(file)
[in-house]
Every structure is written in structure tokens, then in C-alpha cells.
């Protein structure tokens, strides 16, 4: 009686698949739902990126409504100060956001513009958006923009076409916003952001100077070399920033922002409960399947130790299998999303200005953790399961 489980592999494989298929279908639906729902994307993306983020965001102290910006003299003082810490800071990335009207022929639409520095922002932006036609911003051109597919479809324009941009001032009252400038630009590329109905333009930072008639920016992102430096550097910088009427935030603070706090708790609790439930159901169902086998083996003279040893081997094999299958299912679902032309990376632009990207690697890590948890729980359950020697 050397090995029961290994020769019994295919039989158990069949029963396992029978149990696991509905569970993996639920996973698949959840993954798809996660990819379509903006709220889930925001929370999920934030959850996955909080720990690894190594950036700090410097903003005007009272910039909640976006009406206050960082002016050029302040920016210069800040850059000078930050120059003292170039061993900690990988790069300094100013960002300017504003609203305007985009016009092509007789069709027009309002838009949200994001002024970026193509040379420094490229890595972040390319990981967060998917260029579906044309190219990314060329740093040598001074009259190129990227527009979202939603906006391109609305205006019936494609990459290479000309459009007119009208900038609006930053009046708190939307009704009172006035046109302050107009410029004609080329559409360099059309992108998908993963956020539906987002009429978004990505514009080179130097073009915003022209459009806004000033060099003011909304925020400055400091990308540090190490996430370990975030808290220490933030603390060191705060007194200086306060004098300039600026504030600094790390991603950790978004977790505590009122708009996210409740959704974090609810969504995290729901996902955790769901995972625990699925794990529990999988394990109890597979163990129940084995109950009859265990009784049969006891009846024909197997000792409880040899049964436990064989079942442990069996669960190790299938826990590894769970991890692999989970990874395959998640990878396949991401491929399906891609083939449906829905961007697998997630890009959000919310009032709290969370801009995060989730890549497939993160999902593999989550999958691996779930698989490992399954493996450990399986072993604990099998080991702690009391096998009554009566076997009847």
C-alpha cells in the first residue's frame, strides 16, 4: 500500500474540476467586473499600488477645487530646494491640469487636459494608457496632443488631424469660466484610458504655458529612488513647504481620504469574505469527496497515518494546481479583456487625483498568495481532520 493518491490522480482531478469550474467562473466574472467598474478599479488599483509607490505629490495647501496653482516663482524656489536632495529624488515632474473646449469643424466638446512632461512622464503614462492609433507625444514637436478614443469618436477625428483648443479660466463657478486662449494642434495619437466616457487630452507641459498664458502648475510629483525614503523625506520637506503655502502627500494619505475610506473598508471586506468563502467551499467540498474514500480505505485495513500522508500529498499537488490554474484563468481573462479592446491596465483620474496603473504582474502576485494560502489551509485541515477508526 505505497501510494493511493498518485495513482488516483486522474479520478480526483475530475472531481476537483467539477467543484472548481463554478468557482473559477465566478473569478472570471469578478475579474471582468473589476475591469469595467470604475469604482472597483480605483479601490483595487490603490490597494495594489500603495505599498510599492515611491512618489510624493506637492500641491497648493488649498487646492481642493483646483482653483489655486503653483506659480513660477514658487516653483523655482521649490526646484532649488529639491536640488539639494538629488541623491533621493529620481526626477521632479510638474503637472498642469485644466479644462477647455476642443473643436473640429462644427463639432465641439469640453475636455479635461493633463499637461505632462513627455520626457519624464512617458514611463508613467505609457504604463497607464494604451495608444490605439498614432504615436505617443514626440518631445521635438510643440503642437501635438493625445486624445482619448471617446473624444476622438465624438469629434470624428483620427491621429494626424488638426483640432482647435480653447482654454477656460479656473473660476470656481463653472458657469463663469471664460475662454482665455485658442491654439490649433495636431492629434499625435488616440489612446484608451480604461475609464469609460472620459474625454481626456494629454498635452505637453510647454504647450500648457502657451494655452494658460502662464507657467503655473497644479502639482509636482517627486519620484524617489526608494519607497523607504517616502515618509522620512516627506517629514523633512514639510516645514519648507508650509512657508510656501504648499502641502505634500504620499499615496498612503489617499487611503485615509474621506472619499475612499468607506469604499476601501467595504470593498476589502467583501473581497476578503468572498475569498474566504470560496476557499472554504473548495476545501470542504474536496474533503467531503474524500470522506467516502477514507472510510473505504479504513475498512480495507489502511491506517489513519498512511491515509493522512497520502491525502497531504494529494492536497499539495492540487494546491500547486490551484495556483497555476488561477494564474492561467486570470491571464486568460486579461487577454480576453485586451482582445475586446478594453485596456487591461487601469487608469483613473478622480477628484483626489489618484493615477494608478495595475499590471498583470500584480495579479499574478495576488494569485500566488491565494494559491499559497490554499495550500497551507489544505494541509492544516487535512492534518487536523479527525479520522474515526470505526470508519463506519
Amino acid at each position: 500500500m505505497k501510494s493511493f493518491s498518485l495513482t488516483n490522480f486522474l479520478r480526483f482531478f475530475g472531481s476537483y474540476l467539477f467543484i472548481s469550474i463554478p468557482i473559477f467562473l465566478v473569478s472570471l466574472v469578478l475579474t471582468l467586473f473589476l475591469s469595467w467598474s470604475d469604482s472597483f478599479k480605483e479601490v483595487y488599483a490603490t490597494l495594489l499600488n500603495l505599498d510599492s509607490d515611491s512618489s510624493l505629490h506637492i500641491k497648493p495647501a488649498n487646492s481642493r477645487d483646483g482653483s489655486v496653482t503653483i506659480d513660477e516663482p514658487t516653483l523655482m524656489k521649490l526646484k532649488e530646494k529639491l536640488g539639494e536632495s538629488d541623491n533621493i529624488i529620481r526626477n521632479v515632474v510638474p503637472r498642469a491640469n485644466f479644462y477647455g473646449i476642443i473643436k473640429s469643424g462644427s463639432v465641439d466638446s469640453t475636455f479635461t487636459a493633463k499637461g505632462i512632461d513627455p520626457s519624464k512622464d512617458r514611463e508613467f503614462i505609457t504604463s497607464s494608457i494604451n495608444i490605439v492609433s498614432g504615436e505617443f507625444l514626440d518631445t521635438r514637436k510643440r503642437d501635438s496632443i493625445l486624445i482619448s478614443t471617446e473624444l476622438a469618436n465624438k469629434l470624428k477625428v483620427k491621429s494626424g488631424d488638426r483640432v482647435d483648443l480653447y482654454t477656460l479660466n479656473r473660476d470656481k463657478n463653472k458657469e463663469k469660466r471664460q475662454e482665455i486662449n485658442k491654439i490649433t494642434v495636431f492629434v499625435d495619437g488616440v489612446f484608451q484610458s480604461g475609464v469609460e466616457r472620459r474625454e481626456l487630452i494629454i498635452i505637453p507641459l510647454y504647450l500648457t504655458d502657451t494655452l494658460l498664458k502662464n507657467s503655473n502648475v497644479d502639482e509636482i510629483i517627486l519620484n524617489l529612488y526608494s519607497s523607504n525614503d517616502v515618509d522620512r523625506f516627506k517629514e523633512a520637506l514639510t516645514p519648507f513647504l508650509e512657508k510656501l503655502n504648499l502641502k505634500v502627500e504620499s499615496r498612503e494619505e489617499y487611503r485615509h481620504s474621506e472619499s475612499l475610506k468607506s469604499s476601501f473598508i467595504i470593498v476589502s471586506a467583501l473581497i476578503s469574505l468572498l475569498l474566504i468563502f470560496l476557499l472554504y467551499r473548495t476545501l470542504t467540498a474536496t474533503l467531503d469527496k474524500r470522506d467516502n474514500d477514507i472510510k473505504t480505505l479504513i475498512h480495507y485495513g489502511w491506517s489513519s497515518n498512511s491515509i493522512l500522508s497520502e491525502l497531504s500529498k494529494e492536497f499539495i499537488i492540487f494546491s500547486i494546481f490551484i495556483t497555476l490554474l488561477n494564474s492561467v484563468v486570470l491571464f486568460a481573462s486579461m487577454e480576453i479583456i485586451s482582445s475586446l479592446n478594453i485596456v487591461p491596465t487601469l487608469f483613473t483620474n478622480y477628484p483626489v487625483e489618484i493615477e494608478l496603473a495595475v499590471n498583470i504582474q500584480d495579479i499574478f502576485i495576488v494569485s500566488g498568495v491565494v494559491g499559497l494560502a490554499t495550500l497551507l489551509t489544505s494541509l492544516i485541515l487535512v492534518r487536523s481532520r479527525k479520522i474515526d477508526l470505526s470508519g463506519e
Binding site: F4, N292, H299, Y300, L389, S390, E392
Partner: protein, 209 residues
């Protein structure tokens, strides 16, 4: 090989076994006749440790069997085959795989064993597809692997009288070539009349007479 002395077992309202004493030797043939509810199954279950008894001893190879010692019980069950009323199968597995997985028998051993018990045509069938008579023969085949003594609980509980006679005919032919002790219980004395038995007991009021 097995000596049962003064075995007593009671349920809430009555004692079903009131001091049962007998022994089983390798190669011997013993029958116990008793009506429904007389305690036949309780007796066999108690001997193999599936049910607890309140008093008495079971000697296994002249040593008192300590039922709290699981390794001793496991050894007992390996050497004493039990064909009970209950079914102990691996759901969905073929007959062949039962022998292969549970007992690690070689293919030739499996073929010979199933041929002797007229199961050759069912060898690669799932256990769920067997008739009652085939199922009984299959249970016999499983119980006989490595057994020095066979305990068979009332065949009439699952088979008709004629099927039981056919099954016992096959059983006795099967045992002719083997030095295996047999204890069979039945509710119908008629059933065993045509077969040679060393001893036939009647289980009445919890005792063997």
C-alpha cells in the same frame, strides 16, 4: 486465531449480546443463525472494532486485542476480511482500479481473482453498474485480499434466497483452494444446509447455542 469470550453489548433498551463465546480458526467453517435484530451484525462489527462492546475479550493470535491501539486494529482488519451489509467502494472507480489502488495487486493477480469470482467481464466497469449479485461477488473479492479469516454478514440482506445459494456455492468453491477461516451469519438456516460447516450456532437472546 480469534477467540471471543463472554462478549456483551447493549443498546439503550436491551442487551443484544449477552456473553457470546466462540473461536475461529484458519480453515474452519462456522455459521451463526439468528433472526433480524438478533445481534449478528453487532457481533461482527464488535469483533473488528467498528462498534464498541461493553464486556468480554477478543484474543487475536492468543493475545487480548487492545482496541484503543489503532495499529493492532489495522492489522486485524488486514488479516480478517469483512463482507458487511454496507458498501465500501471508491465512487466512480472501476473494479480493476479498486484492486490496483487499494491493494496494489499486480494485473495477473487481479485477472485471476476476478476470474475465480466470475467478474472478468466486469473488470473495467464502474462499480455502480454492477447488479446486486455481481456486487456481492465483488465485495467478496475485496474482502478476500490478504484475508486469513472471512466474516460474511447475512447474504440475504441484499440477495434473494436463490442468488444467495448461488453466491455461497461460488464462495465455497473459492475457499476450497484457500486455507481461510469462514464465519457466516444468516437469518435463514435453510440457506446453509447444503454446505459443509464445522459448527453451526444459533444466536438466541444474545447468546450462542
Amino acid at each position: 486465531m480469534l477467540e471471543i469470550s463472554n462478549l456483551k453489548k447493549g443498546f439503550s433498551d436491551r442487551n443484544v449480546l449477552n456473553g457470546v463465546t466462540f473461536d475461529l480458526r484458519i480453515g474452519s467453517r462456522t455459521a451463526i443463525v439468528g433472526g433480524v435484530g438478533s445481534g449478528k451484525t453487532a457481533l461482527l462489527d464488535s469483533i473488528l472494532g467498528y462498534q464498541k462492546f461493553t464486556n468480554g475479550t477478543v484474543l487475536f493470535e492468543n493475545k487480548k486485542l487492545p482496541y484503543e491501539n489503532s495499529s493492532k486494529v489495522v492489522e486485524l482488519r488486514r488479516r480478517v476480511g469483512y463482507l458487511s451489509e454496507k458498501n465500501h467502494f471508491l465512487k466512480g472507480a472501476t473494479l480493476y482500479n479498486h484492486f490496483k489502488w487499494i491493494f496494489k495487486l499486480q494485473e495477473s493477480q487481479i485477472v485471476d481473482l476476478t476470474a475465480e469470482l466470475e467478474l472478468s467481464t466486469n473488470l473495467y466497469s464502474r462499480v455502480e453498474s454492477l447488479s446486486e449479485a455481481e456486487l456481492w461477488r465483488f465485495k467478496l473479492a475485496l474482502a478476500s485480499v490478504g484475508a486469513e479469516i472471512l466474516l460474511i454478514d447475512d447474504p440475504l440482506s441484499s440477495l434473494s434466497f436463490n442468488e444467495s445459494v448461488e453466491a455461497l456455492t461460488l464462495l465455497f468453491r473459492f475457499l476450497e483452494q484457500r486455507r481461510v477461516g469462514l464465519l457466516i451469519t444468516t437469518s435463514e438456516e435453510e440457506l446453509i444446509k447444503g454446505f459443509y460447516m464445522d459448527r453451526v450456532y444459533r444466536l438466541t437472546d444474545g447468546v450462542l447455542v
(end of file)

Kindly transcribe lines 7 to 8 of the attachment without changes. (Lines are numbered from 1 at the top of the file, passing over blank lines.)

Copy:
Partner: protein, 209 residues
């Protein structure tokens, strides 16, 4: 090989076994006749440790069997085959795989064993597809692997009288070539009349007479 002395077992309202004493030797043939509810199954279950008894001893190879010692019980069950009323199968597995997985028998051993018990045509069938008579023969085949003594609980509980006679005919032919002790219980004395038995007991009021 097995000596049962003064075995007593009671349920809430009555004692079903009131001091049962007998022994089983390798190669011997013993029958116990008793009506429904007389305690036949309780007796066999108690001997193999599936049910607890309140008093008495079971000697296994002249040593008192300590039922709290699981390794001793496991050894007992390996050497004493039990064909009970209950079914102990691996759901969905073929007959062949039962022998292969549970007992690690070689293919030739499996073929010979199933041929002797007229199961050759069912060898690669799932256990769920067997008739009652085939199922009984299959249970016999499983119980006989490595057994020095066979305990068979009332065949009439699952088979008709004629099927039981056919099954016992096959059983006795099967045992002719083997030095295996047999204890069979039945509710119908008629059933065993045509077969040679060393001893036939009647289980009445919890005792063997």